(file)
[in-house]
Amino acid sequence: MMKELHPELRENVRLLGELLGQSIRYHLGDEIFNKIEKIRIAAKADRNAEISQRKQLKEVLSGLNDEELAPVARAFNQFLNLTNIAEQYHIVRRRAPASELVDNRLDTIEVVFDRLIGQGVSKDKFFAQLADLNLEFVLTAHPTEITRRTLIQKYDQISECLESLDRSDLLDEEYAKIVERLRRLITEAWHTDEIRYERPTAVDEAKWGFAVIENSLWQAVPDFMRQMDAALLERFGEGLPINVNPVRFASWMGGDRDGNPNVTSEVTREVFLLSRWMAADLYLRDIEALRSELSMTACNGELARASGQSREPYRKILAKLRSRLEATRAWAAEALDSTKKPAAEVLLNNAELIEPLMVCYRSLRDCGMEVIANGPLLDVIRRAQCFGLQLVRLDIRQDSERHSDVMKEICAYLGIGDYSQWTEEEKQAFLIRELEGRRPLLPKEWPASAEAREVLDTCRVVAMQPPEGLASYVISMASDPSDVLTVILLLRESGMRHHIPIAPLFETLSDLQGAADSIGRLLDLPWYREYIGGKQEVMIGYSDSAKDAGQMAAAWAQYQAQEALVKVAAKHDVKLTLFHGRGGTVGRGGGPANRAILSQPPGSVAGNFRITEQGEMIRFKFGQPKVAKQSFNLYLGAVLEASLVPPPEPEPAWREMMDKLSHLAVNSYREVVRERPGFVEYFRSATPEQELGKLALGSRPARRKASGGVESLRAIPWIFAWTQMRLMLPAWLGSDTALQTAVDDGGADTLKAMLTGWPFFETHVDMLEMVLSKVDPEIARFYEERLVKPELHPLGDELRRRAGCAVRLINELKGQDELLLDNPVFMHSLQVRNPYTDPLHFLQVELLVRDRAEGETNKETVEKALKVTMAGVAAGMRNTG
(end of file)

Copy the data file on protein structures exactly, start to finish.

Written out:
[in-house]
Amino acid sequence: MMKELHPELRENVRLLGELLGQSIRYHLGDEIFNKIEKIRIAAKADRNAEISQRKQLKEVLSGLNDEELAPVARAFNQFLNLTNIAEQYHIVRRRAPASELVDNRLDTIEVVFDRLIGQGVSKDKFFAQLADLNLEFVLTAHPTEITRRTLIQKYDQISECLESLDRSDLLDEEYAKIVERLRRLITEAWHTDEIRYERPTAVDEAKWGFAVIENSLWQAVPDFMRQMDAALLERFGEGLPINVNPVRFASWMGGDRDGNPNVTSEVTREVFLLSRWMAADLYLRDIEALRSELSMTACNGELARASGQSREPYRKILAKLRSRLEATRAWAAEALDSTKKPAAEVLLNNAELIEPLMVCYRSLRDCGMEVIANGPLLDVIRRAQCFGLQLVRLDIRQDSERHSDVMKEICAYLGIGDYSQWTEEEKQAFLIRELEGRRPLLPKEWPASAEAREVLDTCRVVAMQPPEGLASYVISMASDPSDVLTVILLLRESGMRHHIPIAPLFETLSDLQGAADSIGRLLDLPWYREYIGGKQEVMIGYSDSAKDAGQMAAAWAQYQAQEALVKVAAKHDVKLTLFHGRGGTVGRGGGPANRAILSQPPGSVAGNFRITEQGEMIRFKFGQPKVAKQSFNLYLGAVLEASLVPPPEPEPAWREMMDKLSHLAVNSYREVVRERPGFVEYFRSATPEQELGKLALGSRPARRKASGGVESLRAIPWIFAWTQMRLMLPAWLGSDTALQTAVDDGGADTLKAMLTGWPFFETHVDMLEMVLSKVDPEIARFYEERLVKPELHPLGDELRRRAGCAVRLINELKGQDELLLDNPVFMHSLQVRNPYTDPLHFLQVELLVRDRAEGETNKETVEKALKVTMAGVAAGMRNTG